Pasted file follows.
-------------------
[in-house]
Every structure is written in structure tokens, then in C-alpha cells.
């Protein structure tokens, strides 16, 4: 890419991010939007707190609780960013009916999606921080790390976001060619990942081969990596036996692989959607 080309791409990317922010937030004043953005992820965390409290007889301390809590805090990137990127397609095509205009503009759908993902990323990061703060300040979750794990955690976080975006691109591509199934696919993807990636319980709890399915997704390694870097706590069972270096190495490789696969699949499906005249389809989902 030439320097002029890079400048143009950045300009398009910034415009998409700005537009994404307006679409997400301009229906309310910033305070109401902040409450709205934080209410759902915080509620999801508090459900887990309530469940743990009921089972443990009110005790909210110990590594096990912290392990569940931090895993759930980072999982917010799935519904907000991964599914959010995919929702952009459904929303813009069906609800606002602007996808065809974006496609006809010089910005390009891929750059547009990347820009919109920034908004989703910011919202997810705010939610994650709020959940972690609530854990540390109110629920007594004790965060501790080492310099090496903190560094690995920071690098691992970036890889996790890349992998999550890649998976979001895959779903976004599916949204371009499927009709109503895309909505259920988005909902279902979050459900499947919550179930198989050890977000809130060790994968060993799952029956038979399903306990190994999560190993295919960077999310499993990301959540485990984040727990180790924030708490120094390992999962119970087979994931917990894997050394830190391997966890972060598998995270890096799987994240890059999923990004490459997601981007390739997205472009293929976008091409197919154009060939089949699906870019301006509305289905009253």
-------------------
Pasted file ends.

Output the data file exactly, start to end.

[in-house]
Every structure is written in structure tokens, then in C-alpha cells.
């Protein structure tokens, strides 16, 4: 890419991010939007707190609780960013009916999606921080790390976001060619990942081969990596036996692989959607 080309791409990317922010937030004043953005992820965390409290007889301390809590805090990137990127397609095509205009503009759908993902990323990061703060300040979750794990955690976080975006691109591509199934696919993807990636319980709890399915997704390694870097706590069972270096190495490789696969699949499906005249389809989902 030439320097002029890079400048143009950045300009398009910034415009998409700005537009994404307006679409997400301009229906309310910033305070109401902040409450709205934080209410759902915080509620999801508090459900887990309530469940743990009921089972443990009110005790909210110990590594096990912290392990569940931090895993759930980072999982917010799935519904907000991964599914959010995919929702952009459904929303813009069906609800606002602007996808065809974006496609006809010089910005390009891929750059547009990347820009919109920034908004989703910011919202997810705010939610994650709020959940972690609530854990540390109110629920007594004790965060501790080492310099090496903190560094690995920071690098691992970036890889996790890349992998999550890649998976979001895959779903976004599916949204371009499927009709109503895309909505259920988005909902279902979050459900499947919550179930198989050890977000809130060790994968060993799952029956038979399903306990190994999560190993295919960077999310499993990301959540485990984040727990180790924030708490120094390992999962119970087979994931917990894997050394830190391997966890972060598998995270890096799987994240890059999923990004490459997601981007390739997205472009293929976008091409197919154009060939089949699906870019301006509305289905009253």